► In today’s NY Times — Questions rise on hospitals’ preparations to deal with Ebola — The challenges could overwhelm hospitals with few resources. At Texas Health Presbyterian Hospital in Dallas, mistakes in treating a patient from Liberia have raised questions about the general level of preparedness in hospitals around the country. Medical experts have begun to suggest that it might be better to transfer patients to designated centers with special expertise in treating Ebola.

 


NATIONAL

 

► In today’s Washington Post — Morale drops among Defense Department’s civilian workers — Civilian defense employees have grown increasingly dissatisfied with their jobs, and many wouldn’t recommend their organization as a good place to work, according to the federal government’s 2014 personnel survey.

amazon-warehouse► In The Nation — Supreme Court case shows how Amazon legally cheats workers — No other company embodies the mantra “Time is money” quite like Amazon, with its seamless mastery of “just in time” logistics and round-the-clock online retail hours. But inside the cavernous warehouses that ship its goods, there are real people, and their time is not so preciously valued. So the Supreme Court is weighing their right to fair pay against the profits of an e-commerce Goliath.

► At Huffington Post — Jimmy John’s makes low-wage workers sign oppressive ‘non-compete’ agreements — A Jimmy John’s employment agreement includes a “non-competition” clause that’s surprising in its breadth. By signing the covenant, the worker agrees not to work at one of the sandwich chain’s competitors for a period of two years following employment at Jimmy John’s. But the company’s definition of a “competitor” goes far beyond the Subways and Potbellys of the world. It encompasses any business that’s near a Jimmy John’s location and that derives a mere 10% of its revenue from sandwiches.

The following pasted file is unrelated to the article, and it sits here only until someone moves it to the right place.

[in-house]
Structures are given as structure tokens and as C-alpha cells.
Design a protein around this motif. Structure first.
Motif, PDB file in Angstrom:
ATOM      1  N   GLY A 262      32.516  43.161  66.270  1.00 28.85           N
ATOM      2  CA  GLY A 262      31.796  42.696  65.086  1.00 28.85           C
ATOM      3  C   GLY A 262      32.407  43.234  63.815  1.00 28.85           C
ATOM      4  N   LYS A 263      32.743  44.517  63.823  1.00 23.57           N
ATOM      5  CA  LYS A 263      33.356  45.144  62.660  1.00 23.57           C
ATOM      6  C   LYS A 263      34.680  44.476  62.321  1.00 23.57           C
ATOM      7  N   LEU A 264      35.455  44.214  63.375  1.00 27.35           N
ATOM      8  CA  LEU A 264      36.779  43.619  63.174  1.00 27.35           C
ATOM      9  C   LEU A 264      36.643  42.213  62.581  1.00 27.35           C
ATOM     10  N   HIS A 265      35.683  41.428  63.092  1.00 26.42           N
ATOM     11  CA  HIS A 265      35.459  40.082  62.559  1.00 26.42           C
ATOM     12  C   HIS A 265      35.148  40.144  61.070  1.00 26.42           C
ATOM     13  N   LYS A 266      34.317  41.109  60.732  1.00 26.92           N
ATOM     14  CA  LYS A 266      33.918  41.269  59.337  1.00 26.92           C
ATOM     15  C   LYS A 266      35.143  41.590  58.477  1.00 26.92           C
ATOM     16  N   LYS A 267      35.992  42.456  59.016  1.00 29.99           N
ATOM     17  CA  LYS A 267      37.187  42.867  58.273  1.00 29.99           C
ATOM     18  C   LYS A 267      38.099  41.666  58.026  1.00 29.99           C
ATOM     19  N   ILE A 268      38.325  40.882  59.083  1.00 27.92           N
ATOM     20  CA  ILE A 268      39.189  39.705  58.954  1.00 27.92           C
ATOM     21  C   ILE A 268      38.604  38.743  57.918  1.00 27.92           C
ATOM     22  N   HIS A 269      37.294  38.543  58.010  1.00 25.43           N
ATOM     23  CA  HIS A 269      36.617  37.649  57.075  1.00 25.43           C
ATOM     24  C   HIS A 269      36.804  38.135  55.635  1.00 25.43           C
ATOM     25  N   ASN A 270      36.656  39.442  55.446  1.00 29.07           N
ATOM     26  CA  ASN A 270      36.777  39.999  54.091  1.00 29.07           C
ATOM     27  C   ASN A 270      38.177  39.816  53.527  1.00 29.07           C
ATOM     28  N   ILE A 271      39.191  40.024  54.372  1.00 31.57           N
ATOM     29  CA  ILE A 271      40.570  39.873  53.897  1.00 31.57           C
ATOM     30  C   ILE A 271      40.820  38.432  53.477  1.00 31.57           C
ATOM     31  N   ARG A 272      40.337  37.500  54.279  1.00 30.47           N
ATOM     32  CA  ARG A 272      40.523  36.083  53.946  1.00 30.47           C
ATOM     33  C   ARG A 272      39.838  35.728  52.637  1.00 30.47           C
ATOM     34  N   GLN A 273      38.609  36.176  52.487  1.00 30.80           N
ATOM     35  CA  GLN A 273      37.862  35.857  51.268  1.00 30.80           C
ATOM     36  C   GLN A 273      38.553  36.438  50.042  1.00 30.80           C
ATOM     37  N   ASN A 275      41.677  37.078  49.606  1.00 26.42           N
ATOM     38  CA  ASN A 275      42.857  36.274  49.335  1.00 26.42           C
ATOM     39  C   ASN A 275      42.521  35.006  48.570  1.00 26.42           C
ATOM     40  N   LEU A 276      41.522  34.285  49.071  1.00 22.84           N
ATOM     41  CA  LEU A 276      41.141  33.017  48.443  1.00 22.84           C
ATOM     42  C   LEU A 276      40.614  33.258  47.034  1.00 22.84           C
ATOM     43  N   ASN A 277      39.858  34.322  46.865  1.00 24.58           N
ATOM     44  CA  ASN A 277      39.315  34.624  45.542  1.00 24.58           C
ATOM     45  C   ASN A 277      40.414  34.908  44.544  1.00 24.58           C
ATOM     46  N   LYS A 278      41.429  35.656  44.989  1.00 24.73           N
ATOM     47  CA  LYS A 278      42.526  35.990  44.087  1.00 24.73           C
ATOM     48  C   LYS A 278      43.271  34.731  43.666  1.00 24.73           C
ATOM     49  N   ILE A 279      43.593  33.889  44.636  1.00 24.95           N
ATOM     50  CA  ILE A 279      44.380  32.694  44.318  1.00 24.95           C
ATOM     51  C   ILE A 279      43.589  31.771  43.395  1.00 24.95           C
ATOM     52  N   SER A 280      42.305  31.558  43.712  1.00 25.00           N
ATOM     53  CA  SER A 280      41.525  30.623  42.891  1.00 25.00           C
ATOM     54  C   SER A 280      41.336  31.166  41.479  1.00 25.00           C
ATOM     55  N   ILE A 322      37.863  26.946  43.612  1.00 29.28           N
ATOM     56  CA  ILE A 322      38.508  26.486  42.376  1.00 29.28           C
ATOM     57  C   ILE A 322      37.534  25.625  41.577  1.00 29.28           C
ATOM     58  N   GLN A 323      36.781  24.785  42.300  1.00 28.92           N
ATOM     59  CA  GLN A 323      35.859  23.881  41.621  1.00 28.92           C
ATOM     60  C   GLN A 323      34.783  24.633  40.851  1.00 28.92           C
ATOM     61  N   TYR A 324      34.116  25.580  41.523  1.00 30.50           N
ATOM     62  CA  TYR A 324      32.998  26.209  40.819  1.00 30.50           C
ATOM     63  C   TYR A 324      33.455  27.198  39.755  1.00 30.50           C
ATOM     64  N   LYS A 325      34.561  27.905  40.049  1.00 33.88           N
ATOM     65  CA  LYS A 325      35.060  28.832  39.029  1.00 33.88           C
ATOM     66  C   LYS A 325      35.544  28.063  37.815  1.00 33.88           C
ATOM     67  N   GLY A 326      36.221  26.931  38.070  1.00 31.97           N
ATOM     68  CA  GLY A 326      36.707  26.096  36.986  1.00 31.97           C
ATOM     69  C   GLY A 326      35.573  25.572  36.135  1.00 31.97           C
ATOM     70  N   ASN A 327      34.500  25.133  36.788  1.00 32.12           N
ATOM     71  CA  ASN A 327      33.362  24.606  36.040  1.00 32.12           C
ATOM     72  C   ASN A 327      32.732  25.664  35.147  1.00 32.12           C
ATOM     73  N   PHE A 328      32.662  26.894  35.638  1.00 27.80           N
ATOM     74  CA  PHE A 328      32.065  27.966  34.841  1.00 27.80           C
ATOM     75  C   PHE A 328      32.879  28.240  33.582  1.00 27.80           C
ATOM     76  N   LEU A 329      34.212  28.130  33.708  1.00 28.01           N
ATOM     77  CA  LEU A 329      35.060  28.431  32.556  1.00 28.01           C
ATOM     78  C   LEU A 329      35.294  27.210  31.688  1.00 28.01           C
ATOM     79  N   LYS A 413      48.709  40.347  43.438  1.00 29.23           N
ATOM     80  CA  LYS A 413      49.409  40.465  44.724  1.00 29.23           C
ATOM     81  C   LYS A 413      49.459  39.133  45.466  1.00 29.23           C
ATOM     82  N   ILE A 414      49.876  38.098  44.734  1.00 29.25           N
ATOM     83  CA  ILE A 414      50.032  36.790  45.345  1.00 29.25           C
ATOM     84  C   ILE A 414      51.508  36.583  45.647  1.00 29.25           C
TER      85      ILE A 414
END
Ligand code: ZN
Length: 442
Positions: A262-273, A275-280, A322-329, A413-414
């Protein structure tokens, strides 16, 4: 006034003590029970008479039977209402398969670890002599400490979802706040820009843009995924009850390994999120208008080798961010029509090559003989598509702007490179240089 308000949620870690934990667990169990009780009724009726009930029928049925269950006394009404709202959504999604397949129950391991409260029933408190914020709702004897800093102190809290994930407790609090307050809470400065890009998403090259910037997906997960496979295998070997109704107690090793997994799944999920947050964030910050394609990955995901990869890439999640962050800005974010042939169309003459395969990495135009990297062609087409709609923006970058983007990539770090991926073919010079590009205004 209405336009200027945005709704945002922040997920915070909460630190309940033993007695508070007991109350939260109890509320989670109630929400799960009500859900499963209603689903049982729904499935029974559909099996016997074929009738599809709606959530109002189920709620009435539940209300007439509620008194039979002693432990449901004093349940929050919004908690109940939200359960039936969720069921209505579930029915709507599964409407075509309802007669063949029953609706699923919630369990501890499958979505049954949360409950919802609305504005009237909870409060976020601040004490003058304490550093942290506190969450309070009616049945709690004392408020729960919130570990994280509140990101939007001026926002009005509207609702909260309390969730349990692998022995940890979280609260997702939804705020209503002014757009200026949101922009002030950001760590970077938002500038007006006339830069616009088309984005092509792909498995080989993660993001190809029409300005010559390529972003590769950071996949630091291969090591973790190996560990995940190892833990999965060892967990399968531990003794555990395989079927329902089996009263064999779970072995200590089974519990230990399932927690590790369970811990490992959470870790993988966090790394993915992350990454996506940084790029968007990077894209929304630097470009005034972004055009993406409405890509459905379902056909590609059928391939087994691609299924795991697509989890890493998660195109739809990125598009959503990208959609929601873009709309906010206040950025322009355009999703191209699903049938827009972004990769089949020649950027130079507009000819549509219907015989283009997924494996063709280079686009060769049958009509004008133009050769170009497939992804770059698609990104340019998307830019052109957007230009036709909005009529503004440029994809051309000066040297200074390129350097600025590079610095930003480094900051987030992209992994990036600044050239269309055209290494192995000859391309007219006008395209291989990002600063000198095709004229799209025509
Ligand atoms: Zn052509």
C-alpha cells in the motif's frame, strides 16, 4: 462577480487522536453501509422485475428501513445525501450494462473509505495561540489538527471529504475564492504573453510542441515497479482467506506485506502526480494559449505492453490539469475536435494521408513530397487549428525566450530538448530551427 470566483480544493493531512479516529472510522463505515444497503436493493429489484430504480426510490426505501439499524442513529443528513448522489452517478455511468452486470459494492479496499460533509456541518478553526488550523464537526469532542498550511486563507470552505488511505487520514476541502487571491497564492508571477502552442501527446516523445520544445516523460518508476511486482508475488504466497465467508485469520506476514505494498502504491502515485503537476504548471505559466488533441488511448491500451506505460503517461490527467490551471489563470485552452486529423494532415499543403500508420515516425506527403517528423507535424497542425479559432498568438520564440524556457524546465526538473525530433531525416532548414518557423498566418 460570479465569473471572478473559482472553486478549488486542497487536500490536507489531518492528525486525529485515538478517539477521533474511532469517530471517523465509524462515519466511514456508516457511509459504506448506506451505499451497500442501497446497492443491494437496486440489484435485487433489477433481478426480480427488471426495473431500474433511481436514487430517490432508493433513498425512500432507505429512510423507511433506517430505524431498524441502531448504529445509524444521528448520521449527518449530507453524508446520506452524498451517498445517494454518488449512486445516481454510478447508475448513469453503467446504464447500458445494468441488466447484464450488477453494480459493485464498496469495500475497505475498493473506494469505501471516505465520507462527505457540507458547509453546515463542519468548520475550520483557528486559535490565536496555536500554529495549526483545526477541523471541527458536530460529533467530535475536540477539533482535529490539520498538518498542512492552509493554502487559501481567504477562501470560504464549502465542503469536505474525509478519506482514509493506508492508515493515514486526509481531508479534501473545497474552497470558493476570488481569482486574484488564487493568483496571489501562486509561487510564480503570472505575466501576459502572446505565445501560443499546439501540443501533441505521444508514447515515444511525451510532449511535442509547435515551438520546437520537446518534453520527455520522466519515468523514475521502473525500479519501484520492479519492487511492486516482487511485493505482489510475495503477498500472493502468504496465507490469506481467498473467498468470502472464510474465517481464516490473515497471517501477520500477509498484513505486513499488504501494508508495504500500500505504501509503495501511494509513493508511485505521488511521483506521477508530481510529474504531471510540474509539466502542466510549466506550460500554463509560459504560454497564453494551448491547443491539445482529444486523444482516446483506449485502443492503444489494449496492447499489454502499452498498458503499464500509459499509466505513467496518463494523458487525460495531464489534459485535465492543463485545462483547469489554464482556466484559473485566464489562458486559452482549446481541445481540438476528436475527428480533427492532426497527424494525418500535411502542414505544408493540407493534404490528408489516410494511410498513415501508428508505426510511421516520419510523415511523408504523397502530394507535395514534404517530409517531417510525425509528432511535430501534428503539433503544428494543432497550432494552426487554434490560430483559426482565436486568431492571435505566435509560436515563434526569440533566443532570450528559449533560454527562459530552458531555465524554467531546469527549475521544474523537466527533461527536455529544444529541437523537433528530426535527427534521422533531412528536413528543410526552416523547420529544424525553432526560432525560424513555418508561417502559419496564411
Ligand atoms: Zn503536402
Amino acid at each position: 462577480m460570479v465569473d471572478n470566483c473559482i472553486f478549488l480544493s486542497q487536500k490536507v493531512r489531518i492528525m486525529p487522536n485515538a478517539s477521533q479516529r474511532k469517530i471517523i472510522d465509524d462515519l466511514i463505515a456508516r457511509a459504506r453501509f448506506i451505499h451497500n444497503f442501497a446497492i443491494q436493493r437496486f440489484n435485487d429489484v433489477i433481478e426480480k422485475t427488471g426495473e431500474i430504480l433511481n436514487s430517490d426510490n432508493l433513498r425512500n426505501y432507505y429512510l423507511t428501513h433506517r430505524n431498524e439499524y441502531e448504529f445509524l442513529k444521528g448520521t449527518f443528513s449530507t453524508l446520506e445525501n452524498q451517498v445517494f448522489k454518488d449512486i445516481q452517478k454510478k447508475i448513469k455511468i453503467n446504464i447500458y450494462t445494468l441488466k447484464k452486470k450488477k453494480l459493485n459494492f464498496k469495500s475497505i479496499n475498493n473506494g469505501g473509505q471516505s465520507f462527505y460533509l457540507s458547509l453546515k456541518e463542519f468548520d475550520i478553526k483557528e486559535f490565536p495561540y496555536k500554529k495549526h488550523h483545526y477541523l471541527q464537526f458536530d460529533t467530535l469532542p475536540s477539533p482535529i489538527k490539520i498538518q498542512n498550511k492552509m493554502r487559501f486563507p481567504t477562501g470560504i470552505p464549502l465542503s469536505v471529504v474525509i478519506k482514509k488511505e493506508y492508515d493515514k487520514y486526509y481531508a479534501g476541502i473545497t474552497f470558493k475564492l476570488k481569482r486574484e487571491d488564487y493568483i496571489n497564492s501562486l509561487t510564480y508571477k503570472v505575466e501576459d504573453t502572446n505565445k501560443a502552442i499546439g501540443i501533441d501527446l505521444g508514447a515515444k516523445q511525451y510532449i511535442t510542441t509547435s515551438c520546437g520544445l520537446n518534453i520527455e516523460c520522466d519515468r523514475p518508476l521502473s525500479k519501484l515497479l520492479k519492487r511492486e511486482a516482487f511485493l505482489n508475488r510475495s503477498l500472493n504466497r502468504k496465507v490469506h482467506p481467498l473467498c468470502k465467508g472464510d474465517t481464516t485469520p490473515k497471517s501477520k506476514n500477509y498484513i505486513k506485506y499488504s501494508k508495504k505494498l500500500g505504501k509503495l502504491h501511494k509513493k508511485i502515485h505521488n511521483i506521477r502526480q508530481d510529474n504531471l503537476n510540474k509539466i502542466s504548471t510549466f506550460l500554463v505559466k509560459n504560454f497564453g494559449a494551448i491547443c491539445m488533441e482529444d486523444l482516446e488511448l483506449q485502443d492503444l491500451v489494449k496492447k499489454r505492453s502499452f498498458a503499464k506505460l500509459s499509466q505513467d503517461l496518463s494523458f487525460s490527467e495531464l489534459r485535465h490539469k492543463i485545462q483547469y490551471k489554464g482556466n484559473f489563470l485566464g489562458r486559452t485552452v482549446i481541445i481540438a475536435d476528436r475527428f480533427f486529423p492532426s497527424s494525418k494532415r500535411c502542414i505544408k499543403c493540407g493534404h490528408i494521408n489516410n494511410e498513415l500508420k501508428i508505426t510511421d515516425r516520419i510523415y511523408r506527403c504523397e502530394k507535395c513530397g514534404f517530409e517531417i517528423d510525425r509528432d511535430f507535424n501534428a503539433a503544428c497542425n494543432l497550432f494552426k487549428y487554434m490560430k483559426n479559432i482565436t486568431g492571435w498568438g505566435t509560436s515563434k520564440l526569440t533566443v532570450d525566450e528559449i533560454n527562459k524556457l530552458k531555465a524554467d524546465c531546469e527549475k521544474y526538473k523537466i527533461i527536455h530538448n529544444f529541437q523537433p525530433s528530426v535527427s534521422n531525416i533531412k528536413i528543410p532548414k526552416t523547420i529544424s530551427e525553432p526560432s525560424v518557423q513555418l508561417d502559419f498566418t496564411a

► In today’s NY Times — A trickle-down effect of Citizens United (editorial) — As long as the Supreme Court and Congress fail to address the distorting influence of money on elections, state and local action is the best remaining defense.

► At Huffington Post — Mitch McConnell: I didn’t earn my million, I inherited them! — Senate Minority Leader Mitch McConnell (R-Ky.) doesn’t deny that he’s rich. But what stuck in his craw Monday night was his Democratic opponent’s insinuation that he had earned his wealth using his position as senator. An outraged McConnell clarified for debate viewers how he became a millionaire: He and his wife inherited the money.

 


TODAY’S MUST-READ

 

mcnerney-boeing-grab► In the St. Louis Post-Dispatch — Missouri aid for Boeing jobs: A good deal? — Boeing’s deal with the state of Missouri obligates the firm to create at least 2,000 new, good-paying jobs here over 10 years in order to reap untold millions in state subsidies. The dollar amount is secret for now, although the administration of Gov. Jay Nixon says it will reveal the size of the subsidies after final details are worked out with the company. Meanwhile, St. Louis County will abate 50 percent of the real estate and equipment taxes on the expansion planned for Boeing’s composite materials facility in north St. Louis County. The deal abates school and fire district taxes as well. All that government generosity begs the question: Would Boeing add the new jobs if Missouri said no to subsidies?

Critics, including state Sen. John Lamping (R-Ladue) note that subsidies drain money from schools and state services. “What do you tell the guy who doesn’t work for Boeing?” he asks. And Rep. Jay Barnes (R-Jefferson City) said new jobs are great news for St. Louis, but he suspects they would have come anyway. “Boeing knows they have a great workforce in St. Louis,” he says. “You can’t recreate that in South Carolina or Texas.”

EDITOR’S NOTE — Once upon a time, in a land far away, local newspapers and state legislators — particularly the Republicans! — questioned gigantic corporate subsidies and sought to guarantee some public return for the investment…

 


The Stand posts links to Washington state and national news of interest every weekday morning by 10 a.m.